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María Cinta Puell, Catalina Palomo-Álvarez, María Jesús Pérez-Carrasco; Macular Inner Retinal Layer Thickness in Relation to Photopic and Mesopic Contrast Sensitivity in Healthy Young and Older Subjects. Invest. Ophthalmol. Vis. Sci. 2018;59(13):5487-5493. doi: 10.1167/iovs.18-25334.
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To examine relationships between the thicknesses of ganglion cell (GC)-related macular layers and central photopic or mesopic contrast sensitivity (CS) in healthy eyes.
Measurements were made in 38 young and 38 older healthy individuals. Total, inner, and outer retinal layer (IRL) thicknesses were measured in the macula region through spectral-domain optical coherence tomography (SD-OCT) across three subfields, or rings, centered at the fovea: central foveal, pericentral, and peripheral. Ganglion cell complex and circumpapillary retinal nerve fiber layer thicknesses were also measured. Low-spatial-frequency CS for gratings presented at the central 10° visual field were measured through computerized psychophysical tests under photopic and mesopic conditions. Relationships were examined by uni- and multivariate regression analysis.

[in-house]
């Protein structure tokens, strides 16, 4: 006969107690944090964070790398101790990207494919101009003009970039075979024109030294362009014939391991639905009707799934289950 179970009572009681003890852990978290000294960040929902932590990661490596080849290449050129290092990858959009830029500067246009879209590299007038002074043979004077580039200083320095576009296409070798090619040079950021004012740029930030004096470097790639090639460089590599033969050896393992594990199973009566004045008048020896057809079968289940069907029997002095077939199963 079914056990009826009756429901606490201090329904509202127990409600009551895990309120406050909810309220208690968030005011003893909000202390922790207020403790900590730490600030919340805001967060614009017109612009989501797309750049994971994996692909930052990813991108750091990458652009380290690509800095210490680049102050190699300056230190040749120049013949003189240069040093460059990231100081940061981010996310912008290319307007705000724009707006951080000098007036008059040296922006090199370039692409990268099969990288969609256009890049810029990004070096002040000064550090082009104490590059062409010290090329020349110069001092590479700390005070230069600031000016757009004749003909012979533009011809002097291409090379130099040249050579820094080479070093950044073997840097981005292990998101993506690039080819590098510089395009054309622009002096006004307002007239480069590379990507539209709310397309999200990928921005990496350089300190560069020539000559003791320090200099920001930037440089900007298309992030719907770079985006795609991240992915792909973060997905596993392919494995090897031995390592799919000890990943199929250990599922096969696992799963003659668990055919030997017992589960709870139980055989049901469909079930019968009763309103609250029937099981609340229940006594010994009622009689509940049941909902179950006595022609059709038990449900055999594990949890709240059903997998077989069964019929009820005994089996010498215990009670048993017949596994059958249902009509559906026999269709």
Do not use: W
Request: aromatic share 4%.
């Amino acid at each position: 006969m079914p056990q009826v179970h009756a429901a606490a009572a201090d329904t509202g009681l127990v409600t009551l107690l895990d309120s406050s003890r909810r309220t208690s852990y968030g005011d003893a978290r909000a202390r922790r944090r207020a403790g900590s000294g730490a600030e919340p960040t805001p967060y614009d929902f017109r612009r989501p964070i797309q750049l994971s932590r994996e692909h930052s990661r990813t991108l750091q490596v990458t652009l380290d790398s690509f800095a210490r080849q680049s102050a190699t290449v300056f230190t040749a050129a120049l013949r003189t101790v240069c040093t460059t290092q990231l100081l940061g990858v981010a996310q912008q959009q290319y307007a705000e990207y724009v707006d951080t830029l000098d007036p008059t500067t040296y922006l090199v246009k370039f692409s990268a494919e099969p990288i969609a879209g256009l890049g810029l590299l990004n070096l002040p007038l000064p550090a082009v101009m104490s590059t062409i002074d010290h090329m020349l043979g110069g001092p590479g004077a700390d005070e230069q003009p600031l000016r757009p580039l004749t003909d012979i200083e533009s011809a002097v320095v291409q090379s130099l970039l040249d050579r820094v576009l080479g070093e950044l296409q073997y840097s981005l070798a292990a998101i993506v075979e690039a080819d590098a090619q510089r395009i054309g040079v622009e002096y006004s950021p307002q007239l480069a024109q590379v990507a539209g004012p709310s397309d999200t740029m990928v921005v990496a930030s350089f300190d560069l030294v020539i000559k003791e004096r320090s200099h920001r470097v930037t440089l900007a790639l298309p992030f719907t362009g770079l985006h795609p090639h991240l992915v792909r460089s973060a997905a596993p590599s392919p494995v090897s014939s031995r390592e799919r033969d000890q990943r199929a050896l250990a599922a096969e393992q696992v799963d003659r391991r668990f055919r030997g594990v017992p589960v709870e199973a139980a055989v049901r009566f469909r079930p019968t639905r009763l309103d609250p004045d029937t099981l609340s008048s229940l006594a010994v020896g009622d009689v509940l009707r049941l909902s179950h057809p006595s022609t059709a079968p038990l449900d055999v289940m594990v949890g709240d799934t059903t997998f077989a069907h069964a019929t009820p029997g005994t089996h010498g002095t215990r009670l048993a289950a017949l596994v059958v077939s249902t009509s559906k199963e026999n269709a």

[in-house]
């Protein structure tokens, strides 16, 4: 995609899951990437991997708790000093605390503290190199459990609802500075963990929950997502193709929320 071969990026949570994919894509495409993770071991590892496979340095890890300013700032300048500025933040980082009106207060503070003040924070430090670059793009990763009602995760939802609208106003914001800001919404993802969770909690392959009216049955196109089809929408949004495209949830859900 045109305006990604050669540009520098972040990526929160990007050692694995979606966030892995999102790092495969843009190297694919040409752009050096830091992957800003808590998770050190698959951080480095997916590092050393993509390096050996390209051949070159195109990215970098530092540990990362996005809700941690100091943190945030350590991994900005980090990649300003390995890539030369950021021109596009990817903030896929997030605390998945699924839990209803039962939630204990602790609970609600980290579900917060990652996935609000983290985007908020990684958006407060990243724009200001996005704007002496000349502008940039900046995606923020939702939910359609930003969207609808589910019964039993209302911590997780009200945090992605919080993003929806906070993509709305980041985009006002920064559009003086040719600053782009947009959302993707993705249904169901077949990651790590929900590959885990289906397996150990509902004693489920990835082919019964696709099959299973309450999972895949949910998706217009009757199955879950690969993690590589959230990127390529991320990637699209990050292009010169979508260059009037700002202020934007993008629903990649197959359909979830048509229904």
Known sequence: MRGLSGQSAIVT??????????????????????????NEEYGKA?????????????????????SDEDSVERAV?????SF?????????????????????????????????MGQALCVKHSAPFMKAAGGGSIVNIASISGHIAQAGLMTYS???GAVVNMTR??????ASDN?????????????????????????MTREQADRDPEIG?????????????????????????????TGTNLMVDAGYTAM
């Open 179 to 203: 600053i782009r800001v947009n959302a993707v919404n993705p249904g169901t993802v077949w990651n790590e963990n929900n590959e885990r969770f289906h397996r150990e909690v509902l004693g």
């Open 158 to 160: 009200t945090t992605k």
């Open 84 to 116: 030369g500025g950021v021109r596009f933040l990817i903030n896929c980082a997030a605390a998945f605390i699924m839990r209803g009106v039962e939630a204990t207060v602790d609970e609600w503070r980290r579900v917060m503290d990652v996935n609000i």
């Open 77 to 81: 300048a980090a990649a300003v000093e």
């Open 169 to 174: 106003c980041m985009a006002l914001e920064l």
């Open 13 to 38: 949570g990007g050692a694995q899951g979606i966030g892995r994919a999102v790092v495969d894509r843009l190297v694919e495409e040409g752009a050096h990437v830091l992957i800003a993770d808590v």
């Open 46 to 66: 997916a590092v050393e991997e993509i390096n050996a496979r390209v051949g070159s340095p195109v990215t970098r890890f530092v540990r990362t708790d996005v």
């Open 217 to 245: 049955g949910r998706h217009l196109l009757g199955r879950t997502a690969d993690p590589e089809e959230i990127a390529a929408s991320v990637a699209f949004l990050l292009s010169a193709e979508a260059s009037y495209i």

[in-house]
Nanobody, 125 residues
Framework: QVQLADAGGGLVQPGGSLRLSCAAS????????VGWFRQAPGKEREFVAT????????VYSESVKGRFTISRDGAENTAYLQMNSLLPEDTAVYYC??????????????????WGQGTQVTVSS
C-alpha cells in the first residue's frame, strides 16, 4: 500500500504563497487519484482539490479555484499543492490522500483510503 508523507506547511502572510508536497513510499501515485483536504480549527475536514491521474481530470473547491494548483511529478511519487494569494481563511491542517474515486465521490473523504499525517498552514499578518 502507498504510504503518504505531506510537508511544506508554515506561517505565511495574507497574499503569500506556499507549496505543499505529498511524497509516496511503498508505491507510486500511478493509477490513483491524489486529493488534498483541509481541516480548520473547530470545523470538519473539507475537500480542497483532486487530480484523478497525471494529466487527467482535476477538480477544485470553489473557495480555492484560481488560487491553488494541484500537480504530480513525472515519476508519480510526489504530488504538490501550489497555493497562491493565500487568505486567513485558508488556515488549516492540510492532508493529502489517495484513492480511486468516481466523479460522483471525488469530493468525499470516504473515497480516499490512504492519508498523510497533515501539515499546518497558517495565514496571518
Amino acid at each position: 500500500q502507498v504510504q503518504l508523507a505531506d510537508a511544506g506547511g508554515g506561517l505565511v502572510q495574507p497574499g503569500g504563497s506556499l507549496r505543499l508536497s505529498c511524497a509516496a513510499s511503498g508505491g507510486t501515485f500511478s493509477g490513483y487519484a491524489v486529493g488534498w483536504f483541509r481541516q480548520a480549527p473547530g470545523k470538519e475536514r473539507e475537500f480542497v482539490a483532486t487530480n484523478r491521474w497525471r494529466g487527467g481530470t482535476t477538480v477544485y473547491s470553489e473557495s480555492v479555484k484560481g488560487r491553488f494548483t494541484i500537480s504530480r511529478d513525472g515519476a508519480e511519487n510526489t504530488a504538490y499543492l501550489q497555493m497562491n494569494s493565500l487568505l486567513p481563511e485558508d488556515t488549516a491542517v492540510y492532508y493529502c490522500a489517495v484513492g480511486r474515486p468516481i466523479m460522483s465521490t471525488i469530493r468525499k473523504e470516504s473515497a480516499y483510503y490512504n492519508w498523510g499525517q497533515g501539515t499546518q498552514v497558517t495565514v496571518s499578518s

Peripheral IRL thickness emerged as the only independent predictor of photopic CS (P = 0.001) in the young group and of photopic (P = 0.026) and mesopic CS (P = 0.001) in the older group. The slopes of regression lines used to predict CS from peripheral IRL thickness were significantly different for pair-wise comparisons of both photopic CS and age group (P = 0.0001) and mesopic CS (P = 0.0001) and age group. These models explained 37% of the variability in photopic CS and 36% of the variability in mesopic CS.
Macular IRL thinning likely due to GC loss was related to reduced photopic and mesopic CS in older healthy eyes. In contrast, in the young eyes, a thicker macular IRL, possibly indicating transient gliosis, was associated with reduced CS.
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